(Updated at 2:15 p.m. ET)
A federal appeals court on Thursday ruled that the U.S. government does not owe health insurers billions of dollars in unpaid risk-corridor funds meant to offset losses during the early years of the Affordable Care Act exchanges.
Although more than three dozen insurers claimed the federal government owed them more than $12 billion in risk-corridor payments, a panel of judges from the U.S. Court of Appeals for the Federal Circuit determined the payments weren't necessary since Congress deemed the program had to be budget-neutral through appropriations riders.
The judges also rejected the insurers' argument that the federal government breached an implied contract by not making the risk-corridor payments in full according to the formula originally laid out in the ACA. They concluded that the government does not owe health insurers additional risk-corridor payments beyond the share it has already paid.
The 2-to-1 decision applies to Moda Health and Land of Lincoln Health, the subjects of two conflicting lower court decisions on the issue.
The risk-corridor program was established under the ACA as a safety net that would curb losses and profits in the first three years of the health insurance exchanges. It was designed to discourage insurers from raising premiums because of uncertainty over who would enroll in their plans.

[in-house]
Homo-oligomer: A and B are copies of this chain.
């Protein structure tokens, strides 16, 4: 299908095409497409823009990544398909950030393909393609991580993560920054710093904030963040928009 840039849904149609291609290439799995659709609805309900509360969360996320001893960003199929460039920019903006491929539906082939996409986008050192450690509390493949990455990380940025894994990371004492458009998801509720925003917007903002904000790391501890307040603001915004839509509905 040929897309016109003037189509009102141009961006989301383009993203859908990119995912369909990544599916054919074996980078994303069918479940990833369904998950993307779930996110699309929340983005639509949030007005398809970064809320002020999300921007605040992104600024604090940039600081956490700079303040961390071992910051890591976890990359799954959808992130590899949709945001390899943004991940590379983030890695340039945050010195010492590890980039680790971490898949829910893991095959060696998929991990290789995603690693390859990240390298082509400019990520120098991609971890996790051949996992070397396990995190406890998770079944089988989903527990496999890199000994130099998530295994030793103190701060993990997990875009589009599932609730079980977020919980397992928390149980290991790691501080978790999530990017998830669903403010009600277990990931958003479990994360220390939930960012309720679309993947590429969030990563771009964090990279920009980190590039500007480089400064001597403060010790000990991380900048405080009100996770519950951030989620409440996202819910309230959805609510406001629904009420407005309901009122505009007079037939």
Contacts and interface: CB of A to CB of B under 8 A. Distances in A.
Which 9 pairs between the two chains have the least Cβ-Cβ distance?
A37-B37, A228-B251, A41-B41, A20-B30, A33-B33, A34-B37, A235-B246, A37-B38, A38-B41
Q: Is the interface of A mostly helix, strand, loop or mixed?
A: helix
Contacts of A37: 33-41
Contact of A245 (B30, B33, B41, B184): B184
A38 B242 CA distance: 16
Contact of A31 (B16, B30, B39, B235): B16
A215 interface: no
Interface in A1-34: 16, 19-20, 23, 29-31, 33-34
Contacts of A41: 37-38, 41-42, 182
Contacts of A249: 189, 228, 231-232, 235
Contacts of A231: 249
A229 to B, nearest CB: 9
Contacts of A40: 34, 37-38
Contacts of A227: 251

Under a funding formula set out in the healthcare law, plans with greater than expected medical claims could recoup some of those losses, while insurers with lower than expected costs would pay into the program, which expired at the end of 2016.
Republican lawmakers have called the program a "bailout" for the insurance industry. A similar program exists in Medicare Part D, which was created by Republican President George W. Bush.
In 2014, Congress passed a provision in the 2015 federal budget requiring risk corridors to be revenue-neutral. That meant that the CMS could only pay out what it takes in from health plans, and it led to a massive shortfall in the risk-corridor program that now stands at $12.3 billion to cover losses health plans incurred on the exchanges between 2014 and 2016, the latest CMS data show.
Health insurers sued to recover the funds they believed they were owed under the risk-corridor program. Portland, Ore.-based Moda Health sued to recover $214 million in July 2016, arguing that the government has a statutory obligation to pay the risk-corridor funds owed under the program. It also claimed that the government is bound by a contractual agreement to pay up. A judge in the U.S. Court of Federal Claims ruled in Moda's favor.
The federal government appealed the decision, which split with another ruling in the same court to dismiss a similar case brought by bankrupt Illinois co-op Land of Lincoln Health; Land of Lincoln had sued to recoup $72.8 million in payments.
The federal government has maintained that it is not obligated to make full risk-corridor payments because Congress redefined the intent of the ACA program by limiting what funds could go toward the payments through appropriations riders that made the program budget-neutral.